On Thursday night I was fortunate to be able to attend a Q&A session with director Ken Loach at the Cambridge Arts Picturehouse, which immediately followed a screening of his new film, The Angels’ Share. The film itself is a thoroughly enjoyable and occasionally gripping mixture of inner-city drama and whimsical heist caper about Robbie (Paul Brannigan), a young Glaswegian lad who narrowly avoids a prison sentence and becomes a father within the film’s first five minutes. Thanks to his social worker he discovers he has a keen whisky palate, and it’s a talent he puts to profitable use when the opportunity arises to steal an extremely rare cask of whisky, which is due to go up for auction in the next few days.
Loach seems quite at home (if that’s the right phrase) with the grim reality of living in a crime- and drug-ridden neighbourhood, and the difficulty anyone faces in trying to escape that world. The film doesn’t shy away from this: Robbie’s encounter with the victim of one of his violent outbursts is powerful stuff, making it clear the sort of person he is. But unusually for the director, the film takes a more upbeat path than expected, getting the audience on Robbie’s side and willing him to succeed in his elaborate scam, even though he’s breaking the law once again. Despite its comedy credentials – and it is very funny at times – Loach still views the film as a tragedy, even if this one did get away, as he puts it.
I admit here and now that I’ve not seen many of Loach’s film – something I intend to put right as soon as possible. But I am of course aware of who he is and how much his impressive body of work is valued both here in Britain and abroad. The Loach ‘brand’ (a phrase I am sure he would shudder at) is famous for stories and characters that are often variously described as ‘gritty’ and ‘social realist’ in nature – two phrases he declared he would like to see buried forever. His political views are worn very much on his film’s sleeves; they are not diatribes, but by focussing on those parts of society that are too often neglected or marginalised, it is clear they have an underlying message.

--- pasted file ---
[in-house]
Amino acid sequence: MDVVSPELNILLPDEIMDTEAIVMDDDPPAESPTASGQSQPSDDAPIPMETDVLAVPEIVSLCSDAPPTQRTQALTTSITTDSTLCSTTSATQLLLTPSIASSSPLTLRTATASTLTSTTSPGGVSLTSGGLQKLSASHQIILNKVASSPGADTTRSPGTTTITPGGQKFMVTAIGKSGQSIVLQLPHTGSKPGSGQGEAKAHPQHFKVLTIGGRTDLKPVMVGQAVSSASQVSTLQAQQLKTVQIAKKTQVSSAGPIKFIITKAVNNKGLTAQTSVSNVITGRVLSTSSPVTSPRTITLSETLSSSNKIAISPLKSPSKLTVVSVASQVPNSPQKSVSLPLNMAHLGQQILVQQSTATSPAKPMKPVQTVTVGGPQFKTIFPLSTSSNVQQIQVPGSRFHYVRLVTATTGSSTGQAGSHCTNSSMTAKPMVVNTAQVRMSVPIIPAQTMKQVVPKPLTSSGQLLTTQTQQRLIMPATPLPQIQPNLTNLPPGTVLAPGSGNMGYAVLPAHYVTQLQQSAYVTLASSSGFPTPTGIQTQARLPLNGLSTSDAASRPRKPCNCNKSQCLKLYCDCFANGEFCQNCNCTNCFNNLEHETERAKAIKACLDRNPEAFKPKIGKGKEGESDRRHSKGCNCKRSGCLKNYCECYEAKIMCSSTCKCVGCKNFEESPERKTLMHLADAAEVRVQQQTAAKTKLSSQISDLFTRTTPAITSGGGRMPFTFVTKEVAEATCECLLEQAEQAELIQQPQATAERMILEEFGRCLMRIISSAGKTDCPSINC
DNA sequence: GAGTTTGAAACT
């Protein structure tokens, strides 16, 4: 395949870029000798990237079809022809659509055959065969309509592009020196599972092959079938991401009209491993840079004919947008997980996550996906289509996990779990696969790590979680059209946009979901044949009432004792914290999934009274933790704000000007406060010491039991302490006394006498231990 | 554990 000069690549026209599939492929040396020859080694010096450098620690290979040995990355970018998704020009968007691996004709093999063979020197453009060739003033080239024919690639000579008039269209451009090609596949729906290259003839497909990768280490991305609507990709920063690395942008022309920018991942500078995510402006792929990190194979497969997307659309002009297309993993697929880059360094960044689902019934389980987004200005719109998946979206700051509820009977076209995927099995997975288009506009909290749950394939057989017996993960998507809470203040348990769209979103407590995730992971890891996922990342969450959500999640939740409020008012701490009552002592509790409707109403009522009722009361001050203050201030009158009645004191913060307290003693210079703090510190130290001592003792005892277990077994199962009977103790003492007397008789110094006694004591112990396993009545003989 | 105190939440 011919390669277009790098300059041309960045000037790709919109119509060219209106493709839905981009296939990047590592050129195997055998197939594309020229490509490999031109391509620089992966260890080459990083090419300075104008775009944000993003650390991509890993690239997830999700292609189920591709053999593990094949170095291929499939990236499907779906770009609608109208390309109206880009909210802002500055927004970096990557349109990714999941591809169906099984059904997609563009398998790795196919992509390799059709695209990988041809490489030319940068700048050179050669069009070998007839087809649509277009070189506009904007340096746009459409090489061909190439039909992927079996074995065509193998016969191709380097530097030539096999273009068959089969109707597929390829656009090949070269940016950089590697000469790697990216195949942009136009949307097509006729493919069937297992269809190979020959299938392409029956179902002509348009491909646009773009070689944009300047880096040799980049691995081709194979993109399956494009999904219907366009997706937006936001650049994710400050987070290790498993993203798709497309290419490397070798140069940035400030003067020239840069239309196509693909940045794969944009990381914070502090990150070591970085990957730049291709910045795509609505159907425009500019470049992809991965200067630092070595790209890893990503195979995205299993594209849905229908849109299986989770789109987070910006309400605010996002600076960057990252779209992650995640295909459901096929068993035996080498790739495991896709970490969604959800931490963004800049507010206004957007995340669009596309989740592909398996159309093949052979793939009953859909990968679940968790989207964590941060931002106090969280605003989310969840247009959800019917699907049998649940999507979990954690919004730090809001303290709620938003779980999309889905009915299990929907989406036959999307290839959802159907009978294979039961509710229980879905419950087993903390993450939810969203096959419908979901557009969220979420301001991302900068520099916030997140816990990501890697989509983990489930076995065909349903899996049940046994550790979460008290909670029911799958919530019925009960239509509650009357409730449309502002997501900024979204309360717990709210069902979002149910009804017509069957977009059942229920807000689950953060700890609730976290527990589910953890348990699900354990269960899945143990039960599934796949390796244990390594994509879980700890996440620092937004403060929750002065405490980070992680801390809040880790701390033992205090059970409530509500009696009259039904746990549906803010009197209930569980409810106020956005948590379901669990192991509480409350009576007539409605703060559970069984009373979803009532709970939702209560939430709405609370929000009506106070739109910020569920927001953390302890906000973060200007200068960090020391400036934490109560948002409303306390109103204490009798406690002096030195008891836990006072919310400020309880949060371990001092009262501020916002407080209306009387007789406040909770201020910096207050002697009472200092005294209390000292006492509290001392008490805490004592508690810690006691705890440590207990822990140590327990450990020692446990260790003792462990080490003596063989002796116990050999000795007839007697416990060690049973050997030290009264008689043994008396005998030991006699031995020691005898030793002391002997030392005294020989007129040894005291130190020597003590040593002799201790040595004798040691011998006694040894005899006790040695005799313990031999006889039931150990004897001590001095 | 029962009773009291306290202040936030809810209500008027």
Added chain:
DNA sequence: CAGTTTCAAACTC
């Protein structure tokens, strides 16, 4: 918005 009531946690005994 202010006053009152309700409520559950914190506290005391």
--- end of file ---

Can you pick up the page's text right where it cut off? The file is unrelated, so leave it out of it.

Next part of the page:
Loach was a fascinating speaker, and I count myself very luck to have heard him talk. For such a brave and forthright filmmaker, he is rather quiet and considered in person. His comments on the changes he’s seen during the course of his long career, in terms of both politics and cinema, were always interesting; whether it was lamenting the degree of micro-management that occurs in film production today, or the failure of politicians to tackle the rise in youth unemployment, which he sees as the cause of so many problems in society. The fact that politicians no longer campaign for full employment as they did in the 1960s seems to particularly disappoint him.
To have directors working in this country today who have seen nearly half a century of political and social change, and who still want to shine a light on people and communities who deserve a chance to turn their lives around, is a fact that should be celebrated. Loach brings with him a wealth of experience and intelligence which guarantees any new film of his will be worth a look, and you will almost certainly feel better for having seen it. We should treasure him for wanting to carry on shining a light through his films; let’s just hope he doesn’t have to put up with too much micro-management.